Fredericton — What wears suits, travels in twos, and can’t take no for an answer? That’s right — the Jehovah’s Witnesses, who will be out and about in record numbers this spring and summer, bothering everyone in sight.
“We’ve noticed a distinct uptick in the evangelical variety this year, so it seems their numbers must be expanding,” explained biologist Martin Anderson, who studies pest populations in the Maritimes. “It should also be noted that for the purposes of this study, we’re grouping Mormons and Jehovah’s Witnesses together as one thing, because to the public, they’re equally annoying and basically indistinguishable from each other.
“Now, in past years, you could say you’re not interested, and it seemed they took note of that or something and didn’t try again, but now they’re more aggressive than the zombies in The Walking Dead.
“If you see one…haha, I mean, if you see one pair, then we recommend you take cover immediately unless you want to be bored to death for two hours of your precious weekend.”
Locals are already attesting to the extra-hardy strain of Jehovah’s taking to the streets this year.
“You know how it’s usually two little blond guys who look like they’re never been outside — they’re like 19 at most — and they stare blankly at you and ask, without a hint of irony, if you’ve ever heard of Jesus Christ?” said Anna Jeffers, 36. “It’s like, ‘Yeah man, I’m the one person on Earth who’s never heard the good news — you lucked out!’ But they don’t understand sarcasm, so your jokes just slide right off them.
“This year they’re getting tougher with their tactics. It’s not just two teens you can brush off — they’re attacking in groups, and they’re desperate to get you to their church. Some of them are even wearing normal clothes so you don’t suspect anything until it’s too late.”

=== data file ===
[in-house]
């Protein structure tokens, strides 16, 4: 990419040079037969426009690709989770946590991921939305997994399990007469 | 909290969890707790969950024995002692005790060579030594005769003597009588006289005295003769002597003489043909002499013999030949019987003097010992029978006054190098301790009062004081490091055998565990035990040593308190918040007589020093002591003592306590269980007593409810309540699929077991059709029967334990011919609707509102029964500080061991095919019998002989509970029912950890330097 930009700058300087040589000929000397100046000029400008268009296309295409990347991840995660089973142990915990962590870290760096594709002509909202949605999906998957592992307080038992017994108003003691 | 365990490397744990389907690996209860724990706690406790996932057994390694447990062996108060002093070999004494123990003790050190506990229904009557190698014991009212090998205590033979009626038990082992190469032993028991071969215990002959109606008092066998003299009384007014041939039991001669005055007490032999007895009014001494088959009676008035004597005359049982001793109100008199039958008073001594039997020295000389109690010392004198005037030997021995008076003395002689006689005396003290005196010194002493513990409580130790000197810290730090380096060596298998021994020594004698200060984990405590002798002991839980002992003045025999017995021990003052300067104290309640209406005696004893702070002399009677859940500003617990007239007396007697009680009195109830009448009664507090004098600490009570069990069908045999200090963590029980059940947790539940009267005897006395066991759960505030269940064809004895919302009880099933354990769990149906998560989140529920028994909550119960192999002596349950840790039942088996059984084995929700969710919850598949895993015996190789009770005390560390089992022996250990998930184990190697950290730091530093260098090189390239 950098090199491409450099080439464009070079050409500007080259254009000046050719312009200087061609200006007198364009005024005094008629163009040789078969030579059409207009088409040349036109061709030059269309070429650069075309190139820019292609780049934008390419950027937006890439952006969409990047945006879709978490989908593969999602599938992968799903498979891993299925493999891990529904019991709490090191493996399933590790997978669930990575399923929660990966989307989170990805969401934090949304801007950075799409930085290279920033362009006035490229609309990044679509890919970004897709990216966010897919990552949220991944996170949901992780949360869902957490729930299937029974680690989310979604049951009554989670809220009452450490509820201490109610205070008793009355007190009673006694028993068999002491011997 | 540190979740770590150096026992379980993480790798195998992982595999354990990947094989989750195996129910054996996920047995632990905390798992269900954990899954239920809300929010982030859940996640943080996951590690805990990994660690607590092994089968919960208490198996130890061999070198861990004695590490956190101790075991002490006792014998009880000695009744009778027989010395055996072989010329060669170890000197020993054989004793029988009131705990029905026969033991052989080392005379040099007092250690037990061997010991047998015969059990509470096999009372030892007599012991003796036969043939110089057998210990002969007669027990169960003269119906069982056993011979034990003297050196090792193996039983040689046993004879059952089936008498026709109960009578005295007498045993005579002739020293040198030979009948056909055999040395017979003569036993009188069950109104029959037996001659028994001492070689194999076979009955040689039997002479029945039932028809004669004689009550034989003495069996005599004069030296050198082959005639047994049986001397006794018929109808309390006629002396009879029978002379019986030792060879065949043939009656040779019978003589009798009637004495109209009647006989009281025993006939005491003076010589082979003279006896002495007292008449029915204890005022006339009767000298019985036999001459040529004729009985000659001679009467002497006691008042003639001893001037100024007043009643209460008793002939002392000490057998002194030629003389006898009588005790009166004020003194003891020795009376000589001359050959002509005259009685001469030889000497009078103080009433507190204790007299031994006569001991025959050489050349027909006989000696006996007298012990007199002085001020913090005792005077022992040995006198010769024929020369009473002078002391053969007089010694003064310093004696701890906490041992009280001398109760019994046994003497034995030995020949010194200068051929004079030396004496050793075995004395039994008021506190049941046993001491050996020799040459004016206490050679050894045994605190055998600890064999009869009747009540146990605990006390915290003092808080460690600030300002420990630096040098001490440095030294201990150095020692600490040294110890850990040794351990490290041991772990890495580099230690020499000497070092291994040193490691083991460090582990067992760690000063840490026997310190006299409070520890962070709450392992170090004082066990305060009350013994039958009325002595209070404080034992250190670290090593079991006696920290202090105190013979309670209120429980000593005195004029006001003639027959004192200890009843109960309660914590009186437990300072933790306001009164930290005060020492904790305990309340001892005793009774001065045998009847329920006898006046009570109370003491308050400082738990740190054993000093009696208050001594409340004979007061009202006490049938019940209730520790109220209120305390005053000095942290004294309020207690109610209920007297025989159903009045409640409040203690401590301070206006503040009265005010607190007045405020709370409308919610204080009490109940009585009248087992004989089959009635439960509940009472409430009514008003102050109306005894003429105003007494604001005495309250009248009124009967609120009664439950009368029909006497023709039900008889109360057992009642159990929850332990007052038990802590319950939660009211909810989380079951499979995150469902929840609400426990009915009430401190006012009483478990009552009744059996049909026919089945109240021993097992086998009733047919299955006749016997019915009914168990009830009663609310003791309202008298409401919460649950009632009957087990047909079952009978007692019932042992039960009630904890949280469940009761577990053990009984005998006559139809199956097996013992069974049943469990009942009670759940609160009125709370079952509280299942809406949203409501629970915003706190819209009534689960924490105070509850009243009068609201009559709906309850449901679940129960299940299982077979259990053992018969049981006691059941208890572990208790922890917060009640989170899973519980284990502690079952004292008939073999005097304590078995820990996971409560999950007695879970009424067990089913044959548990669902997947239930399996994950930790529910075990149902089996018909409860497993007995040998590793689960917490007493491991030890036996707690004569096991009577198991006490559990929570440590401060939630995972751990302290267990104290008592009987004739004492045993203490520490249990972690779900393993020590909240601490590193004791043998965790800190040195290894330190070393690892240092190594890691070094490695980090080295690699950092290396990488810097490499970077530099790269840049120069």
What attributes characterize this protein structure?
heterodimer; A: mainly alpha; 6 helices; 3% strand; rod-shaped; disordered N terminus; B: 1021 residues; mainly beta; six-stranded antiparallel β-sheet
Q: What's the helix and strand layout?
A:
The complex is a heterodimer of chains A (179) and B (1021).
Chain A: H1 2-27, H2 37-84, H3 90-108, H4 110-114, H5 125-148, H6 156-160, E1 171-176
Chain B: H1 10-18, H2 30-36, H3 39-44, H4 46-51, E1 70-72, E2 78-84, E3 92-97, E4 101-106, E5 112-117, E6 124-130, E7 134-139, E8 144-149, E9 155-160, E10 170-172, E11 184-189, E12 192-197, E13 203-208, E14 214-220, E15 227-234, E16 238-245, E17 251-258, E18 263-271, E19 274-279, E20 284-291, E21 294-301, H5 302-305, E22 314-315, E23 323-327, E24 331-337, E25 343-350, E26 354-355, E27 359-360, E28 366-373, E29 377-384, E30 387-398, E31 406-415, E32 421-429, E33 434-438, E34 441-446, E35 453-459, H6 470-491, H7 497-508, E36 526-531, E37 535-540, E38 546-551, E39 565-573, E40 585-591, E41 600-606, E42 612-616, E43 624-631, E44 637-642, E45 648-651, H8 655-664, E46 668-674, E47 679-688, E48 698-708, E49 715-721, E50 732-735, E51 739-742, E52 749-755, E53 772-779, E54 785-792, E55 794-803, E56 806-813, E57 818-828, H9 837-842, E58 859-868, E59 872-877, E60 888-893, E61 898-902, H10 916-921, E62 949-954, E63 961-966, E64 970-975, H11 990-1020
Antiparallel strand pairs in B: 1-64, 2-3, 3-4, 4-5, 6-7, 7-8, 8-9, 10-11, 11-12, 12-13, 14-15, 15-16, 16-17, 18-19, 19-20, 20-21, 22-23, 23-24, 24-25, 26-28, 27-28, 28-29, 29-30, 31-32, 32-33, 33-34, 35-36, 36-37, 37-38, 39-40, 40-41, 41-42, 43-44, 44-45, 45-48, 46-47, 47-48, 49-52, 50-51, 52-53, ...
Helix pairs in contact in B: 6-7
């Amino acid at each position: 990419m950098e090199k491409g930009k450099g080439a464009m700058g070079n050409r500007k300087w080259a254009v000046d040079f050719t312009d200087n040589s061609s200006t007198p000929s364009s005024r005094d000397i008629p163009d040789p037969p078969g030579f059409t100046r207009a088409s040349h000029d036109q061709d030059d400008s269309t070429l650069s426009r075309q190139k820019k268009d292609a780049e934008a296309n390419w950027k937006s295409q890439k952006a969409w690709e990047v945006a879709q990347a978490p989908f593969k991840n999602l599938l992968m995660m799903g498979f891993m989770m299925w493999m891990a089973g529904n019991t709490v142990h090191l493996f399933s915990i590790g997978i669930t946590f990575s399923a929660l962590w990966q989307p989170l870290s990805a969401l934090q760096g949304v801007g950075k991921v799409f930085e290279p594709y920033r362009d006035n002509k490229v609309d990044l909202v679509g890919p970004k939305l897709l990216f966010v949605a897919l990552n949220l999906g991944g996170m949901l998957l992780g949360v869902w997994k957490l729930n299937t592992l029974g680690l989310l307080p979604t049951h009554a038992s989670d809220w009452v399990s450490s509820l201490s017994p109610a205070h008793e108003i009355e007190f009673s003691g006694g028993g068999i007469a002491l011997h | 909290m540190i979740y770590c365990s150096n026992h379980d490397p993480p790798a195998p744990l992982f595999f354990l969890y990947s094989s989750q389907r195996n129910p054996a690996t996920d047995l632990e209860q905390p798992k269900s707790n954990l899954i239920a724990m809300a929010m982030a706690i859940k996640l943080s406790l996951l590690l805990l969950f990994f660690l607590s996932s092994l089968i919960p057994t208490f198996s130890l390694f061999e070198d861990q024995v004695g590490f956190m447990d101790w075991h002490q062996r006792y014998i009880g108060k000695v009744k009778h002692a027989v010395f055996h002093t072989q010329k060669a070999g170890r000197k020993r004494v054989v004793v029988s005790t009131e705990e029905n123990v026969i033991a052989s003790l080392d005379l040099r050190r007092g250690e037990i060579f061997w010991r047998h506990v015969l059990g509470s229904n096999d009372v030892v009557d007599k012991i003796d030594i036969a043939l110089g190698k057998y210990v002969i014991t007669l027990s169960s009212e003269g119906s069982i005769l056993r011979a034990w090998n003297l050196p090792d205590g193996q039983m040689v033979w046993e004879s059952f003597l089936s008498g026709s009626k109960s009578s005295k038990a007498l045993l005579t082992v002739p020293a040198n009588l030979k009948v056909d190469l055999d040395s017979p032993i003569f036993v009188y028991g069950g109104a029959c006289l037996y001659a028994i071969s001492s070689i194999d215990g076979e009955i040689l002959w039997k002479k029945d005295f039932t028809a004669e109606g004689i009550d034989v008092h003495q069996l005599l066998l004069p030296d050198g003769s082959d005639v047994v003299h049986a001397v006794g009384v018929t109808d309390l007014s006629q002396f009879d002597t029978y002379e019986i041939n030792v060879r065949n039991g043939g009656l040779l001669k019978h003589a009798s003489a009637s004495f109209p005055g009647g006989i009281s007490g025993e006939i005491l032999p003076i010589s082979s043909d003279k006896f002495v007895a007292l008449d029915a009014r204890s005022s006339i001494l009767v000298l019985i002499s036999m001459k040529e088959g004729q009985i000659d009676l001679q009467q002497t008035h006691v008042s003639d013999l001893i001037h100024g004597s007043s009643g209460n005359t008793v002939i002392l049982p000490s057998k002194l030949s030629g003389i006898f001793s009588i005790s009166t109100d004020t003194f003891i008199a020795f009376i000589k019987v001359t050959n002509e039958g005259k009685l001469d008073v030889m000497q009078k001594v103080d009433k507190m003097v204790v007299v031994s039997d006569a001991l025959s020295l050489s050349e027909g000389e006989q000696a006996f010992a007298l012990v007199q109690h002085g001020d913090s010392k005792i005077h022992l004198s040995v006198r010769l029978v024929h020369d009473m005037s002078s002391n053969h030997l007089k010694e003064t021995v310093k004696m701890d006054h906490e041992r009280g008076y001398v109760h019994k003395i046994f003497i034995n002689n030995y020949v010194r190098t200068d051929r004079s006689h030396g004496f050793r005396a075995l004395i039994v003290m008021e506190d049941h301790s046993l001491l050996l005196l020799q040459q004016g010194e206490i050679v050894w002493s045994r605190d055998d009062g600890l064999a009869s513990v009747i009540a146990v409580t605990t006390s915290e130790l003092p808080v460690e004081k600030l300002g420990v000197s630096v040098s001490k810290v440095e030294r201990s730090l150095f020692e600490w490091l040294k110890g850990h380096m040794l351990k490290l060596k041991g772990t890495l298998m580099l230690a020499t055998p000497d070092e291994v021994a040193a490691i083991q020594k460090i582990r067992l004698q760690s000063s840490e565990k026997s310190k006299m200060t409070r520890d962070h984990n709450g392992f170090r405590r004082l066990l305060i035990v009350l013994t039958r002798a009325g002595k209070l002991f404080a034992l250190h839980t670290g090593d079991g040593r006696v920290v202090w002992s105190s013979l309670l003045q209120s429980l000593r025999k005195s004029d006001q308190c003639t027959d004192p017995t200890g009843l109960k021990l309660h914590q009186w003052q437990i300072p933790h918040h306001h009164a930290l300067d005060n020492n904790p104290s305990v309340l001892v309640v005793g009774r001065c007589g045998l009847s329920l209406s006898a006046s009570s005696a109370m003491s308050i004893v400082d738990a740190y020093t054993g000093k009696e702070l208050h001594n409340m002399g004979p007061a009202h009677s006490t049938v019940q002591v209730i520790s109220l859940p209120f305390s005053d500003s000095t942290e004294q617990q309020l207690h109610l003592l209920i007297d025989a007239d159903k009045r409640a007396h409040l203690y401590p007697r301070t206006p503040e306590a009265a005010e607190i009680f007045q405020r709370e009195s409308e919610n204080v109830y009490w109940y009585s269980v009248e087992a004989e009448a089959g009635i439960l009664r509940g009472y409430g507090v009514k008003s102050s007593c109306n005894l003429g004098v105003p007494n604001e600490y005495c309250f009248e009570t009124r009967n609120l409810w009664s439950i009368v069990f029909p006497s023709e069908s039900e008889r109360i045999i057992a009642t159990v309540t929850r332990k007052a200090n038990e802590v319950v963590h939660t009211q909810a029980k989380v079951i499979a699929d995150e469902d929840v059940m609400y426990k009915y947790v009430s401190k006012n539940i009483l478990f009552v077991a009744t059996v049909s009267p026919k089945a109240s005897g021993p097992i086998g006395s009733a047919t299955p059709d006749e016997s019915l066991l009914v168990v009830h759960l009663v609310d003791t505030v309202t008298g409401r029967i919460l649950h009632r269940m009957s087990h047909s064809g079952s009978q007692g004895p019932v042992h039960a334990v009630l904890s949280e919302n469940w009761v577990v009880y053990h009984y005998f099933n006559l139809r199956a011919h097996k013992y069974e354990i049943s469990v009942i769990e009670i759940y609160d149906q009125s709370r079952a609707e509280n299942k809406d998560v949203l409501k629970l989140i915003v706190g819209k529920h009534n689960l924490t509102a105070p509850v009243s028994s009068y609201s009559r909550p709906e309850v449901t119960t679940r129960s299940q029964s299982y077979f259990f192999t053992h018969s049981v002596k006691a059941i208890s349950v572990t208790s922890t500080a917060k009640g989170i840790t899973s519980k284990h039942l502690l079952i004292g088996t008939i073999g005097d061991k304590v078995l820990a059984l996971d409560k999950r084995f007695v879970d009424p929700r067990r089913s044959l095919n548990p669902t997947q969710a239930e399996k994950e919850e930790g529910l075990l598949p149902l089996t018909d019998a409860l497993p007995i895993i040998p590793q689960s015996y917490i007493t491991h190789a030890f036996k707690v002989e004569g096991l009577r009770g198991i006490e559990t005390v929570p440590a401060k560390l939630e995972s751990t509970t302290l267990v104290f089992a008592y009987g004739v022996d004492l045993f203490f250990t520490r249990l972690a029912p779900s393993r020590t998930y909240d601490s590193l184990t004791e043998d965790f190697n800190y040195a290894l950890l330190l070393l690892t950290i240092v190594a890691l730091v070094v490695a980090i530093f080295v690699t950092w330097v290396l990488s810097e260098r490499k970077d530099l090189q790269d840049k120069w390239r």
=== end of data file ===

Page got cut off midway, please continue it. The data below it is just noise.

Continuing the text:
Haley Jewett of Devon recalled that when two missionaries came to her door last week, her indoor cat escaped.
“Mittens ran past them, and so I pushed them out of the way to catch her, and they still didn’t grasp that maybe it wouldn’t be an ideal time to try to convert me to their religion,” she said, rolling her eyes. “They can never tell from context that they should leave you alone. Never — they just keep on talking. It’s like they work on commission or something…Do they get a cut of every soul saved?!”
Some say the Witnesses’ strategies are evolving for converting unsuspecting locals who are just trying to enjoy their day.
“This year they’ve been driving around in a nondescript Toyota Corolla, stuffing their goddamned pamphlets into my mailbox, the fence, between doors, polluting my lawn with their poorly written materials,” complained Bob Allen, 48, of Marysville. “They just keep coming back, too, usually when I’m not at home.
“If they have that much money to waste on gas, maybe they should invest in a graphic designer, because, I mean, their pamphlets aren’t pretty. You should have seen the Easter one. It showed one of those old Bible-story pictures of a stone being rolled away from the tomb, right next to a 1980s man in a business suit going into a church. Then it said I could go celebrate the death of Jesus with them in a crappy font. I threw it in the garbage, obviously, but the next morning it was on the counter again, good as new. I think a pair of them must have hidden in the house waiting for me to go to sleep, then fished it out of the trash.”
Anderson emphasized that, while it may be tempting to just give in, it’s still better in the long run to resist their attacks.
“You may feel so fed up with them that you want to throw your hands up in defeat and go to one of their services. But that will just be the beginning. Before you know it, you’ll be the one out there pounding the pavement in 30-degree heat in a cheap black suit with your lame-ass partner. You’ll be the one everyone would rather jump in front of a moving vehicle than talk to,” he said, before clearing his throat awkwardly, and asking:
“By the way, do you have a moment to talk about the good news of Jesus Christ?”